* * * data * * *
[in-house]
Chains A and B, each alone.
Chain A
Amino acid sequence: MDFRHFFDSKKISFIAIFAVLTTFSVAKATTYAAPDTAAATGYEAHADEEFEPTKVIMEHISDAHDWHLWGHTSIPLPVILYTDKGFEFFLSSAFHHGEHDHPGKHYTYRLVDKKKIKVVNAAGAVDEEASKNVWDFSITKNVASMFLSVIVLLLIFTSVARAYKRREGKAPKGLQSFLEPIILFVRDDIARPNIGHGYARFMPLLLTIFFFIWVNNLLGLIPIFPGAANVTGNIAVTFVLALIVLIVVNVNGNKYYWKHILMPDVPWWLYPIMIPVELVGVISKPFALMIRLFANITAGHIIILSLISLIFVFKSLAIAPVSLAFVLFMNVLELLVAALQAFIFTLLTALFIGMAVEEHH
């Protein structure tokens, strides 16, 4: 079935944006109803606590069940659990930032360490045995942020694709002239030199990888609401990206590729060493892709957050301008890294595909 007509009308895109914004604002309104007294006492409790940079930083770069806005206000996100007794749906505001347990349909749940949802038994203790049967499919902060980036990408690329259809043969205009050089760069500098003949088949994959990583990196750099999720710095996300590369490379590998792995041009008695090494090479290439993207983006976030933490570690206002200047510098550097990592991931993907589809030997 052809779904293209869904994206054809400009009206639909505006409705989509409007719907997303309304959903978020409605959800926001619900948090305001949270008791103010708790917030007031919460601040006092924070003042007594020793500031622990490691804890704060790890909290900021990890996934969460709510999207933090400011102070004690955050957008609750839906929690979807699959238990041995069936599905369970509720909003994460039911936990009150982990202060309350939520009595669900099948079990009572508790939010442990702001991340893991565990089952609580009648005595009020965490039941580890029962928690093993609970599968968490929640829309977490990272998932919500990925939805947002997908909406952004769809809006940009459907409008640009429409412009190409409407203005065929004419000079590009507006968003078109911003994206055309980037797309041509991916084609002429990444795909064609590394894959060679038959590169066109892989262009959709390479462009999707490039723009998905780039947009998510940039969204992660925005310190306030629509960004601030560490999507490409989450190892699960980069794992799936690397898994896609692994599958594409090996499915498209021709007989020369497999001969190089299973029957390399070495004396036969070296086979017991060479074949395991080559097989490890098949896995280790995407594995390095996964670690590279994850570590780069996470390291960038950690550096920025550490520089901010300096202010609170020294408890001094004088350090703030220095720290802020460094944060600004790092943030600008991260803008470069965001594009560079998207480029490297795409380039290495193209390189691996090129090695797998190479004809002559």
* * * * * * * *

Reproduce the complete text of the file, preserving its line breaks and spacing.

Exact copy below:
[in-house]
Chains A and B, each alone.
Chain A
Amino acid sequence: MDFRHFFDSKKISFIAIFAVLTTFSVAKATTYAAPDTAAATGYEAHADEEFEPTKVIMEHISDAHDWHLWGHTSIPLPVILYTDKGFEFFLSSAFHHGEHDHPGKHYTYRLVDKKKIKVVNAAGAVDEEASKNVWDFSITKNVASMFLSVIVLLLIFTSVARAYKRREGKAPKGLQSFLEPIILFVRDDIARPNIGHGYARFMPLLLTIFFFIWVNNLLGLIPIFPGAANVTGNIAVTFVLALIVLIVVNVNGNKYYWKHILMPDVPWWLYPIMIPVELVGVISKPFALMIRLFANITAGHIIILSLISLIFVFKSLAIAPVSLAFVLFMNVLELLVAALQAFIFTLLTALFIGMAVEEHH
């Protein structure tokens, strides 16, 4: 079935944006109803606590069940659990930032360490045995942020694709002239030199990888609401990206590729060493892709957050301008890294595909 007509009308895109914004604002309104007294006492409790940079930083770069806005206000996100007794749906505001347990349909749940949802038994203790049967499919902060980036990408690329259809043969205009050089760069500098003949088949994959990583990196750099999720710095996300590369490379590998792995041009008695090494090479290439993207983006976030933490570690206002200047510098550097990592991931993907589809030997 052809779904293209869904994206054809400009009206639909505006409705989509409007719907997303309304959903978020409605959800926001619900948090305001949270008791103010708790917030007031919460601040006092924070003042007594020793500031622990490691804890704060790890909290900021990890996934969460709510999207933090400011102070004690955050957008609750839906929690979807699959238990041995069936599905369970509720909003994460039911936990009150982990202060309350939520009595669900099948079990009572508790939010442990702001991340893991565990089952609580009648005595009020965490039941580890029962928690093993609970599968968490929640829309977490990272998932919500990925939805947002997908909406952004769809809006940009459907409008640009429409412009190409409407203005065929004419000079590009507006968003078109911003994206055309980037797309041509991916084609002429990444795909064609590394894959060679038959590169066109892989262009959709390479462009999707490039723009998905780039947009998510940039969204992660925005310190306030629509960004601030560490999507490409989450190892699960980069794992799936690397898994896609692994599958594409090996499915498209021709007989020369497999001969190089299973029957390399070495004396036969070296086979017991060479074949395991080559097989490890098949896995280790995407594995390095996964670690590279994850570590780069996470390291960038950690550096920025550490520089901010300096202010609170020294408890001094004088350090703030220095720290802020460094944060600004790092943030600008991260803008470069965001594009560079998207480029490297795409380039290495193209390189691996090129090695797998190479004809002559």